My name is Anthony Huerta and I am a YWAM Missionary.
I grew up blessed in Lubbock, Texas. Looking back I see God’s hand all around my upbringing. Sure, my parents have had their issues; definitely, there were some questionable role-models along the way; absolutely, my family liked to have a good time, but overall, the issues were no different than nearly all American families.
No poverty, no abuse, no neglect, no one holding a gun to my head to drink, yet, somehow between the ages of 18 and 23 I was arrested 8 times in 4 different states and suffered 4 seizures from alcohol withdrawals. Sitting here, it is wild to think that those weren’t the greatest consequences. When I consider it, I am filled with gratefulness that He kept me alive through it all.
I really started drinking heavily at the age of 16 when I was given my first fake ID. True to West Texas stereotypes, there wasn’t much to do in our town outside of high school football, basketball, and baseball. It began as it does for everyone ~ socially on the weekends, centered around some event. It was like a carnival ride I had never experienced because of height restrictions. My entire life I had seen the people I looked up to, my family and my role-models, having a blast on the ride, and now it was my turn. When finally able to experience it for myself, boy did I love the ride. Everything about it was exhilarating! From the moment I illegally walked into the liquor store and looked the cashier in the eye, to the way I sauntered back to the car packed with friends, carrying a “handle” of vodka and a 30 pack of beer. The pride-induced euphoria was like none before. It was a set-up! Satan had it all planned out, down to the last detail. It was all part of his much larger, conniving, deceitfully designed plan. His plan that feasted off my insecurities and need to be wanted. It was genius and the outcome was death.
Unfortunately I never truly pursued a relationship with God growing up, despite going to a “Christian school” until eighth grade. Things like “God created the Earth in seven days” and “evolution is bad”, were ingrained in me. I went to sleep hearing stories of God bringing two animals of every species onto a boat a guy named Noah built. Every spring was the routine of picking out a new pastel shirt, hearing about Jesus dying on a cross, and chasing a saltine with some grape juice. All were familiar stories to me. It was just assumed I was a Christian kid that would end up okay. But one thing is certain: there was never any personal responsibility impressed onto me to seek HIM out for myself. So I continued life, getting into a little trouble throughout elementary and junior high. There was the occasional “disrespect,” “tardy,’ “excessive talking,” but nothing out of the ordinary for a young boy. No blatant warning signs, no tweenage crisis, no desperate outburst’s for help, just a normal kid growing up in West Texas. I went to church on Sundays and church camp during the summer. Someone would have been able to say, “The family’s healthy, successful, and respected; Anthony is fine.”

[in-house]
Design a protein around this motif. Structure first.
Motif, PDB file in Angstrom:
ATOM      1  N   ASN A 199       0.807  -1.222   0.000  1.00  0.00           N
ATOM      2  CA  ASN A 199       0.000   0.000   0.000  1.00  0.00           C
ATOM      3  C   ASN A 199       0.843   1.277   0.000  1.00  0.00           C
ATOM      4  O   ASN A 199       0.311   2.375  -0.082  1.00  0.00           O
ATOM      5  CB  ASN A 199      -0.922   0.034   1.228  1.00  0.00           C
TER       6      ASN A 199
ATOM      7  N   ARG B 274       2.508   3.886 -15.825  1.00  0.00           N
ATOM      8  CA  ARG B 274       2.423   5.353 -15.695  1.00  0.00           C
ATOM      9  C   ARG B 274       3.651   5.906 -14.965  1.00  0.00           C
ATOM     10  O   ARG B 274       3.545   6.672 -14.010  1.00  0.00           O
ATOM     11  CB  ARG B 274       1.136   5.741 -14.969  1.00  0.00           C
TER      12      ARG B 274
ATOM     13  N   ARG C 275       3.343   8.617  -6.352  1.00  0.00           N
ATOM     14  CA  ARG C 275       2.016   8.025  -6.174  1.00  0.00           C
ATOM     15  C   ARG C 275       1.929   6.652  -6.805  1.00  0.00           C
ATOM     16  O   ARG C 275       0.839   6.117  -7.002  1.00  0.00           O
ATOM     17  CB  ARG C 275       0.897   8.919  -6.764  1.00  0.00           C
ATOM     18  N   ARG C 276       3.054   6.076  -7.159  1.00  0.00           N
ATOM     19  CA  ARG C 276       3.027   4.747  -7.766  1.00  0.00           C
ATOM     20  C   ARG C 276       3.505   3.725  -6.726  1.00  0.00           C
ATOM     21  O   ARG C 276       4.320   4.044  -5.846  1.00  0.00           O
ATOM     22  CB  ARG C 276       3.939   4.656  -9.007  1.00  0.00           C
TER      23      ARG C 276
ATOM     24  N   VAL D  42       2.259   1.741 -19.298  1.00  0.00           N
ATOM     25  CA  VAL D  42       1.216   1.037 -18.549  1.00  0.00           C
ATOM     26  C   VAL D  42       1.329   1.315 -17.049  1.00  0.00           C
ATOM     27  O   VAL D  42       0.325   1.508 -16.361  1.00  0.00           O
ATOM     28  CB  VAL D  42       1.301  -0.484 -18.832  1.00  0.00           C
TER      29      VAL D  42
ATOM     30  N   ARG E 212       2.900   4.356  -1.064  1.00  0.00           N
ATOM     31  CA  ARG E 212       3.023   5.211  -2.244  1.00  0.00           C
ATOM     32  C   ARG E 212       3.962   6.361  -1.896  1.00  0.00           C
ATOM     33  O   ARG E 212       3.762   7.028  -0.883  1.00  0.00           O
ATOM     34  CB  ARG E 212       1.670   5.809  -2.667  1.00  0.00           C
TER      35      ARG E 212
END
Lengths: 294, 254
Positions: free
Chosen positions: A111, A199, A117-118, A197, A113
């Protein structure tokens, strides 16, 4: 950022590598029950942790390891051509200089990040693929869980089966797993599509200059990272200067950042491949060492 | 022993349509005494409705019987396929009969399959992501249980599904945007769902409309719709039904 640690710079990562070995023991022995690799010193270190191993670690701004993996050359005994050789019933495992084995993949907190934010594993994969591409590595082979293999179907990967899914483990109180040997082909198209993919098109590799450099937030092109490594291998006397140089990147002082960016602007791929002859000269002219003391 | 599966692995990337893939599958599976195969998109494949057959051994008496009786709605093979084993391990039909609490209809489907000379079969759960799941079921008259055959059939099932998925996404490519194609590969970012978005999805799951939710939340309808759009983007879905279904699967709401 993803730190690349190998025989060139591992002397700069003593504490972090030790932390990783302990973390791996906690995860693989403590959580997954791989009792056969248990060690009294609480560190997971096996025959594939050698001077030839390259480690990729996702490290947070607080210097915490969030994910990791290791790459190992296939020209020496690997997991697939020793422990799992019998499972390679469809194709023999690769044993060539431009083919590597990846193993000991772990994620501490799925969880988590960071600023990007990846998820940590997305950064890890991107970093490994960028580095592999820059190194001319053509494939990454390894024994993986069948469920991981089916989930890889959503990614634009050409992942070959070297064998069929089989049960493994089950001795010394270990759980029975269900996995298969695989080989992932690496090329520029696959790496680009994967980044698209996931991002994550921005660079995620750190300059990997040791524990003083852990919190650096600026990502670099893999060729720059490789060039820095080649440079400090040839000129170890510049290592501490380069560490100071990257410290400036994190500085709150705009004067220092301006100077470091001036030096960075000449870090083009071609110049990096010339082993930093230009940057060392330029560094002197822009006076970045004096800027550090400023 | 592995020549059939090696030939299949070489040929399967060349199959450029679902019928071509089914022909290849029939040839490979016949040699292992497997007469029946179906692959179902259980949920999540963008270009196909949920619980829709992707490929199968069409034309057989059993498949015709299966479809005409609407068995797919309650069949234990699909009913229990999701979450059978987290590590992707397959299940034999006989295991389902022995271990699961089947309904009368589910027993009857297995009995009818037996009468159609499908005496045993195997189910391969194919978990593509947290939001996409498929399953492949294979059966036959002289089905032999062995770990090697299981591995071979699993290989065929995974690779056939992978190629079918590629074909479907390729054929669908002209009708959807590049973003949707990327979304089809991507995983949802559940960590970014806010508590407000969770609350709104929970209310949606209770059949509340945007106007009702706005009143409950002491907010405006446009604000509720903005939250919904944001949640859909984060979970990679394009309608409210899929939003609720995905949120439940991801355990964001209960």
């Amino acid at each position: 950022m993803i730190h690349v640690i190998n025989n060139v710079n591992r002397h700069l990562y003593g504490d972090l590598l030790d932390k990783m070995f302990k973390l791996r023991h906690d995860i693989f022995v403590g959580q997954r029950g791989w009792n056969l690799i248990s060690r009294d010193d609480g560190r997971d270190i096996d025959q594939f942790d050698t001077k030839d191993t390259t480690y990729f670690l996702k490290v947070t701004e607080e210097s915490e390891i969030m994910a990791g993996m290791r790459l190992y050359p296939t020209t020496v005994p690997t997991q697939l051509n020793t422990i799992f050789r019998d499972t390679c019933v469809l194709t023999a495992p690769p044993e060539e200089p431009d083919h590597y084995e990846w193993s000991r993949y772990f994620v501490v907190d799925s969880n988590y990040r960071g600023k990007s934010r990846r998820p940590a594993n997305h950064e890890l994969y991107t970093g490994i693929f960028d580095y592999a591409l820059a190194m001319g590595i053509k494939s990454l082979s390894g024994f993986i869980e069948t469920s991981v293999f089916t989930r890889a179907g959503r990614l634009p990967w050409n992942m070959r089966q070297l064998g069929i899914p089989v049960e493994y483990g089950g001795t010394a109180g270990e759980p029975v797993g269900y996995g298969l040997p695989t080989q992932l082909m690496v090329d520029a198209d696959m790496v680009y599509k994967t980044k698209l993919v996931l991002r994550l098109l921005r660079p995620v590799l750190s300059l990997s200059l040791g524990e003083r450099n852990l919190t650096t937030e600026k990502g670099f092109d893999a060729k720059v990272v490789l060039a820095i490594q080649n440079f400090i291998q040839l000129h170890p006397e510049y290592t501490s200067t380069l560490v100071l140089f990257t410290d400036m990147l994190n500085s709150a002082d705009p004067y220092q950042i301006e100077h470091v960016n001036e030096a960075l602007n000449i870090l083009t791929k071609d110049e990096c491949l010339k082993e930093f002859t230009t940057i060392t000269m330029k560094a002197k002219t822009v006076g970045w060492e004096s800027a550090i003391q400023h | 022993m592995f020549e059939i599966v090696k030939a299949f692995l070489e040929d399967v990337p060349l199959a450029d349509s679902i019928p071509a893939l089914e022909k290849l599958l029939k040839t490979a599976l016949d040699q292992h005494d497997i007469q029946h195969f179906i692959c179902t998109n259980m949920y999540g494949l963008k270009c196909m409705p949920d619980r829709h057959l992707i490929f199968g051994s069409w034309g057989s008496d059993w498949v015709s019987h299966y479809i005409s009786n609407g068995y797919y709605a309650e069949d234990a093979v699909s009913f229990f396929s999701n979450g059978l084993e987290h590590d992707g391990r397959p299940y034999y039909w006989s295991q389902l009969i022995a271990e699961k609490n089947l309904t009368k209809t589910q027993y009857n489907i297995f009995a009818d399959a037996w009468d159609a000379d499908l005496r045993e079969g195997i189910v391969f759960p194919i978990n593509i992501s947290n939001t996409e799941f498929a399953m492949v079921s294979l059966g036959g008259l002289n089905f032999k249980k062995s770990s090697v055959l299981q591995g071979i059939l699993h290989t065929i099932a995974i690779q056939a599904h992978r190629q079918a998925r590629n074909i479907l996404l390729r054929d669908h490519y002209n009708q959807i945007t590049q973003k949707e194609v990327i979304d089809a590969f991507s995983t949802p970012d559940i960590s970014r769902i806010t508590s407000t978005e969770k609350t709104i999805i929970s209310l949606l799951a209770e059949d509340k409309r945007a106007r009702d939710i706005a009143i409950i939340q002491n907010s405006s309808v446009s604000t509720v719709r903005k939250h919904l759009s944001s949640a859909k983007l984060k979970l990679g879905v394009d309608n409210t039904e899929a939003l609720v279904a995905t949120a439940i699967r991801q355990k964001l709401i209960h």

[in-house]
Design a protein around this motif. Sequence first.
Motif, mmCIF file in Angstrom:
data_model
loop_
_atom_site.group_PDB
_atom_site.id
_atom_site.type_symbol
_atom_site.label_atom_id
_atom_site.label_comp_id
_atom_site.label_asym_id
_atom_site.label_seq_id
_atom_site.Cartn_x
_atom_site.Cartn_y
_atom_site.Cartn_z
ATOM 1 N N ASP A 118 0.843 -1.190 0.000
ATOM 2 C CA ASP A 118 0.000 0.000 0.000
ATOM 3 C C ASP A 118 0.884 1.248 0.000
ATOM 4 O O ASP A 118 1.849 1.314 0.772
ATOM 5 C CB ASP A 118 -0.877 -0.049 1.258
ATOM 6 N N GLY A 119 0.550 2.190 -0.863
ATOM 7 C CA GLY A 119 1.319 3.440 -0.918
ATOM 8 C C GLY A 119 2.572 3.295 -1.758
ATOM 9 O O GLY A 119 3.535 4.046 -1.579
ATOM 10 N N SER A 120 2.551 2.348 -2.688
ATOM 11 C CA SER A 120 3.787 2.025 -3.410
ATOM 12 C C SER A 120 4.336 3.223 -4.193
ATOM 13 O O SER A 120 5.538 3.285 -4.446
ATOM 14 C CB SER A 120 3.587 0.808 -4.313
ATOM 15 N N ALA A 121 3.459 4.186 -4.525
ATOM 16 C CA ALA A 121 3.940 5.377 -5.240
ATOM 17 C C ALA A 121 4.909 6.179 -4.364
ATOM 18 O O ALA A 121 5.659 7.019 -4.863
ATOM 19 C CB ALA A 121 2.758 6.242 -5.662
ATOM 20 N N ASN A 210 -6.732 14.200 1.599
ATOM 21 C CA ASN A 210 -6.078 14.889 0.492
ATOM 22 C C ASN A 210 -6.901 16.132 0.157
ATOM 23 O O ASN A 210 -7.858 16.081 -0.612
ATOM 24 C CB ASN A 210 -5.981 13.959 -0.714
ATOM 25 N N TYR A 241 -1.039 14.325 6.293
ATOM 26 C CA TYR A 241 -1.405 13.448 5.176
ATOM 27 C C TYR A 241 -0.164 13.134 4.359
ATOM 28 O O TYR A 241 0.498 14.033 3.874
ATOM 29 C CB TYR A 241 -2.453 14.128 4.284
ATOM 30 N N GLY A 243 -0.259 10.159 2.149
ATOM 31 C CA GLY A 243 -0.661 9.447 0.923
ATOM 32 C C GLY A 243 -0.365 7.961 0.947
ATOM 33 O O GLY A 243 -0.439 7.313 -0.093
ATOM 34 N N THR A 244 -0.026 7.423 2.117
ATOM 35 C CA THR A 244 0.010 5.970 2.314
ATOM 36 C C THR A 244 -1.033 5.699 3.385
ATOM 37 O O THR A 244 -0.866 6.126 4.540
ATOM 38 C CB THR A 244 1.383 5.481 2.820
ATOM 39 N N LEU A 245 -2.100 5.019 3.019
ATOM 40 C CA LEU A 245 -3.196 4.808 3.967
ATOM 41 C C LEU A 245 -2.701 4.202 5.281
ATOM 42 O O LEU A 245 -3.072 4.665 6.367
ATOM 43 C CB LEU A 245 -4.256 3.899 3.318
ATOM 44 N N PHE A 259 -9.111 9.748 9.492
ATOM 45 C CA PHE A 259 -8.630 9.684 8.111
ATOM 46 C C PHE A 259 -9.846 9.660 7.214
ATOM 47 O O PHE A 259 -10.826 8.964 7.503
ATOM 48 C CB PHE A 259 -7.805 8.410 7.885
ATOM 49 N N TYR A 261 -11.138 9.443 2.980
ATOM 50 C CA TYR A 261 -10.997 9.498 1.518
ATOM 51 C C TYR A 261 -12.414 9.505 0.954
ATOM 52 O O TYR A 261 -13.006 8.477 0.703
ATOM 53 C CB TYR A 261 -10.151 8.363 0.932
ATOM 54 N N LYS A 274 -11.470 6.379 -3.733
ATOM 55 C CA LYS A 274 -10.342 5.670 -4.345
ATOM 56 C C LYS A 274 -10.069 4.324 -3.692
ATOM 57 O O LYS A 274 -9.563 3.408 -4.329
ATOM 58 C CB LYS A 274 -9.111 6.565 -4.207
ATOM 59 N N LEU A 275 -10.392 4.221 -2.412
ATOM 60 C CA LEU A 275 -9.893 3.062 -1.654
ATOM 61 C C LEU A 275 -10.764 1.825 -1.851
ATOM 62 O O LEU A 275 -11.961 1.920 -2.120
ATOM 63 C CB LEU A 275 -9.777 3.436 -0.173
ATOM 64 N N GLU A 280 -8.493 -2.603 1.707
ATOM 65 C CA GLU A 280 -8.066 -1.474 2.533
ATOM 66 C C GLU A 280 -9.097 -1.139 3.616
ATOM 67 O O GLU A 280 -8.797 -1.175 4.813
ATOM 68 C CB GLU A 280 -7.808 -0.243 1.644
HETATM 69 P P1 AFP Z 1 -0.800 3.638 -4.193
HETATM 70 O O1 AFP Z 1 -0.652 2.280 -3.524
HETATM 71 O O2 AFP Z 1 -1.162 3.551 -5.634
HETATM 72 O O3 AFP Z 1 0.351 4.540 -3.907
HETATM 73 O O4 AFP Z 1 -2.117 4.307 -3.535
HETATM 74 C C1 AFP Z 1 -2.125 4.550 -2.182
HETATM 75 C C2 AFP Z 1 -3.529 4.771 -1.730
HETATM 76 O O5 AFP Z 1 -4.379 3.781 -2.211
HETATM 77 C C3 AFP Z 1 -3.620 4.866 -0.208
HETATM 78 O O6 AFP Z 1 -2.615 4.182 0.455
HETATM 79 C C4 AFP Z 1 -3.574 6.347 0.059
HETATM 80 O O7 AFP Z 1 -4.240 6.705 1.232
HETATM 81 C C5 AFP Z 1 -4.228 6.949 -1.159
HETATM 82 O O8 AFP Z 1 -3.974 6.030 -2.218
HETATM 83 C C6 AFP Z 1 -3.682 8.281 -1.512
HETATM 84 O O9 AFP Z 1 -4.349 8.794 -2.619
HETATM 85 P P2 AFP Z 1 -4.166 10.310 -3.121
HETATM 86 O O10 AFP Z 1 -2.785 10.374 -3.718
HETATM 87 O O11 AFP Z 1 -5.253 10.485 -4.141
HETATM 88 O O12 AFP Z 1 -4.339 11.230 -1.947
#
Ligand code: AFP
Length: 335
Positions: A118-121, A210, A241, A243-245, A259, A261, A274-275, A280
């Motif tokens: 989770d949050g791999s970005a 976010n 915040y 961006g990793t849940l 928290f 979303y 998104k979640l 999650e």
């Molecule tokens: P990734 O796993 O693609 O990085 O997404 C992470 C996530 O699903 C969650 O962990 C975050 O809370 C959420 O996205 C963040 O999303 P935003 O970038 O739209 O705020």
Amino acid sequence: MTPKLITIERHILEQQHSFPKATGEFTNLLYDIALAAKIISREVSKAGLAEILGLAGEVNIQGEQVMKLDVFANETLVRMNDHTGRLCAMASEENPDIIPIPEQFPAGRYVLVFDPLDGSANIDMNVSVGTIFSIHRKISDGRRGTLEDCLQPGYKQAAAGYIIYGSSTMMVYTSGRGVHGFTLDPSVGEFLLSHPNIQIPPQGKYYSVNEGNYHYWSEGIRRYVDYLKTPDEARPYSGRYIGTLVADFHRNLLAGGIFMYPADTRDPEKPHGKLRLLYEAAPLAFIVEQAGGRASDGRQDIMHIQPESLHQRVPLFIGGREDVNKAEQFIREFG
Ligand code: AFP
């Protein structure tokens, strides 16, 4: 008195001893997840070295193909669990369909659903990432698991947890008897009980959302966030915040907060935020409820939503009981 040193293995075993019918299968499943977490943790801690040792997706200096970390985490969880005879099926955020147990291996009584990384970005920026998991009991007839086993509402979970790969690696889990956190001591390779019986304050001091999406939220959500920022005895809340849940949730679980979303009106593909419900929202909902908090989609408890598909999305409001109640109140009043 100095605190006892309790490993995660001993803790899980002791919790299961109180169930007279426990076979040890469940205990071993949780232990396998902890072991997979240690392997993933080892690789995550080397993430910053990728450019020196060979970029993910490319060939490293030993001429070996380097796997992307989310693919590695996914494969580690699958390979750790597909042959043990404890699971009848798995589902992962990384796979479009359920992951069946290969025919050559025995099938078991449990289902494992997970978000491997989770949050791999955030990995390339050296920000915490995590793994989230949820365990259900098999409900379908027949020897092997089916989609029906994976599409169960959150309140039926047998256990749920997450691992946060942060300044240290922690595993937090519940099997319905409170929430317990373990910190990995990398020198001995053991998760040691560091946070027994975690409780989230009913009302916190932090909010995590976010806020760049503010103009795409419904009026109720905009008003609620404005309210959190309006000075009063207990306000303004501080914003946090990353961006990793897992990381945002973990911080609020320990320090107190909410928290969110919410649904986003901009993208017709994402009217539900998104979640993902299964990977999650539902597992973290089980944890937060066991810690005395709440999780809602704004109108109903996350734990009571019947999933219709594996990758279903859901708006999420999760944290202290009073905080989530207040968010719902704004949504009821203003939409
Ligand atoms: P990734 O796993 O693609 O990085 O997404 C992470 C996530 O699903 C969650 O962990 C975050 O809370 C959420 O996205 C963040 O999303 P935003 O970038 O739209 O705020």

I guess I had always somewhat known I was out-going, smart, and athletic, but I went to a small private Christian school. How popular, bright, and able was I really? So in the summer leading into my eighth grade year I made the decision that it would be my last year at that small, underwhelming Christian school. My pride had told me I needed more competition. I was getting overlooked. I was being kept from spreading my wings. I needed more opportunity. I had to know what it was like outside of that “little Christian bubble.” My class went from 80 students, to 800 students over a summer. I was like an Arab woman dropped into a swimming pool in the middle of Las Vegas! I was far from being sheltered at home, but it could not have prepared me for what was about to unfold.